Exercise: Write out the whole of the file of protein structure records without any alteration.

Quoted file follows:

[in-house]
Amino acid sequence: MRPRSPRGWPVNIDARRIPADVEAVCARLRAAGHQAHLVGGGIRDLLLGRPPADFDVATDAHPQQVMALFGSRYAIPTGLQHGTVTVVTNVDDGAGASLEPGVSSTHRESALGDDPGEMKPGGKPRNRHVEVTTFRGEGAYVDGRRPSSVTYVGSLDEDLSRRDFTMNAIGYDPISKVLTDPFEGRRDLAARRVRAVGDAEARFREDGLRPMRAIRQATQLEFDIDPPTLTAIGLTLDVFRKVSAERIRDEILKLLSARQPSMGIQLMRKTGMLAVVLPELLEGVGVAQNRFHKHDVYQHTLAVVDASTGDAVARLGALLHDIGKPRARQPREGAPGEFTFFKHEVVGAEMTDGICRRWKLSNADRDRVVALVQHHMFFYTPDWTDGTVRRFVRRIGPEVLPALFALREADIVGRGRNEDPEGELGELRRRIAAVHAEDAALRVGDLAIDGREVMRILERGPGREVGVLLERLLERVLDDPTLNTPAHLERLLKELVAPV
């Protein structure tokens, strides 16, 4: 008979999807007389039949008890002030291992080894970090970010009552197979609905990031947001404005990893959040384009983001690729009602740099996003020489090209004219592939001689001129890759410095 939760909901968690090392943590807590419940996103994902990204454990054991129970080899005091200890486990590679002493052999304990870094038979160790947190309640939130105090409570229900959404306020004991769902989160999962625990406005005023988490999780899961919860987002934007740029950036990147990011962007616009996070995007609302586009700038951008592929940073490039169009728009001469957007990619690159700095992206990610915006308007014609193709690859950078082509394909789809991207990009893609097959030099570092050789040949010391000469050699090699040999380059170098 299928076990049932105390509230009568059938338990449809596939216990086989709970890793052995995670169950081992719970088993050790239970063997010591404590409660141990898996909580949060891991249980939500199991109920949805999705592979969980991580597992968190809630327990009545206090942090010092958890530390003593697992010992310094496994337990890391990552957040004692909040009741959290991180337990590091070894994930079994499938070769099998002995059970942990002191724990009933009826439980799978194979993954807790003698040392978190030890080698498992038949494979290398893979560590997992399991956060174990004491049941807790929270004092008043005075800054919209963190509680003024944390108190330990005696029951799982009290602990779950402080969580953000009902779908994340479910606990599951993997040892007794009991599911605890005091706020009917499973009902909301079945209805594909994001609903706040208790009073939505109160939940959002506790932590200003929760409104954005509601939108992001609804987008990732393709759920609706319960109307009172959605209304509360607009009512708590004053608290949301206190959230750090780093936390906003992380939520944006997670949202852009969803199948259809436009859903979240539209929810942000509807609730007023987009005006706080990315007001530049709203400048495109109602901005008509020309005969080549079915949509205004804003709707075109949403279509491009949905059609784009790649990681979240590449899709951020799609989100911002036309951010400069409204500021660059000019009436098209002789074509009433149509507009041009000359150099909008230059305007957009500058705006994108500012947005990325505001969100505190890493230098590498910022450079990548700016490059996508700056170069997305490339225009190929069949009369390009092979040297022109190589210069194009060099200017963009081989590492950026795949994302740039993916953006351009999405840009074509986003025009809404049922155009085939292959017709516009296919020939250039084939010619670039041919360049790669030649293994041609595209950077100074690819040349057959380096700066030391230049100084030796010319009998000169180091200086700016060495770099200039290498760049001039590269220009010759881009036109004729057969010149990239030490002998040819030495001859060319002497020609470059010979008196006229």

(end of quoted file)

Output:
[in-house]
Amino acid sequence: MRPRSPRGWPVNIDARRIPADVEAVCARLRAAGHQAHLVGGGIRDLLLGRPPADFDVATDAHPQQVMALFGSRYAIPTGLQHGTVTVVTNVDDGAGASLEPGVSSTHRESALGDDPGEMKPGGKPRNRHVEVTTFRGEGAYVDGRRPSSVTYVGSLDEDLSRRDFTMNAIGYDPISKVLTDPFEGRRDLAARRVRAVGDAEARFREDGLRPMRAIRQATQLEFDIDPPTLTAIGLTLDVFRKVSAERIRDEILKLLSARQPSMGIQLMRKTGMLAVVLPELLEGVGVAQNRFHKHDVYQHTLAVVDASTGDAVARLGALLHDIGKPRARQPREGAPGEFTFFKHEVVGAEMTDGICRRWKLSNADRDRVVALVQHHMFFYTPDWTDGTVRRFVRRIGPEVLPALFALREADIVGRGRNEDPEGELGELRRRIAAVHAEDAALRVGDLAIDGREVMRILERGPGREVGVLLERLLERVLDDPTLNTPAHLERLLKELVAPV
């Protein structure tokens, strides 16, 4: 008979999807007389039949008890002030291992080894970090970010009552197979609905990031947001404005990893959040384009983001690729009602740099996003020489090209004219592939001689001129890759410095 939760909901968690090392943590807590419940996103994902990204454990054991129970080899005091200890486990590679002493052999304990870094038979160790947190309640939130105090409570229900959404306020004991769902989160999962625990406005005023988490999780899961919860987002934007740029950036990147990011962007616009996070995007609302586009700038951008592929940073490039169009728009001469957007990619690159700095992206990610915006308007014609193709690859950078082509394909789809991207990009893609097959030099570092050789040949010391000469050699090699040999380059170098 299928076990049932105390509230009568059938338990449809596939216990086989709970890793052995995670169950081992719970088993050790239970063997010591404590409660141990898996909580949060891991249980939500199991109920949805999705592979969980991580597992968190809630327990009545206090942090010092958890530390003593697992010992310094496994337990890391990552957040004692909040009741959290991180337990590091070894994930079994499938070769099998002995059970942990002191724990009933009826439980799978194979993954807790003698040392978190030890080698498992038949494979290398893979560590997992399991956060174990004491049941807790929270004092008043005075800054919209963190509680003024944390108190330990005696029951799982009290602990779950402080969580953000009902779908994340479910606990599951993997040892007794009991599911605890005091706020009917499973009902909301079945209805594909994001609903706040208790009073939505109160939940959002506790932590200003929760409104954005509601939108992001609804987008990732393709759920609706319960109307009172959605209304509360607009009512708590004053608290949301206190959230750090780093936390906003992380939520944006997670949202852009969803199948259809436009859903979240539209929810942000509807609730007023987009005006706080990315007001530049709203400048495109109602901005008509020309005969080549079915949509205004804003709707075109949403279509491009949905059609784009790649990681979240590449899709951020799609989100911002036309951010400069409204500021660059000019009436098209002789074509009433149509507009041009000359150099909008230059305007957009500058705006994108500012947005990325505001969100505190890493230098590498910022450079990548700016490059996508700056170069997305490339225009190929069949009369390009092979040297022109190589210069194009060099200017963009081989590492950026795949994302740039993916953006351009999405840009074509986003025009809404049922155009085939292959017709516009296919020939250039084939010619670039041919360049790669030649293994041609595209950077100074690819040349057959380096700066030391230049100084030796010319009998000169180091200086700016060495770099200039290498760049001039590269220009010759881009036109004729057969010149990239030490002998040819030495001859060319002497020609470059010979008196006229």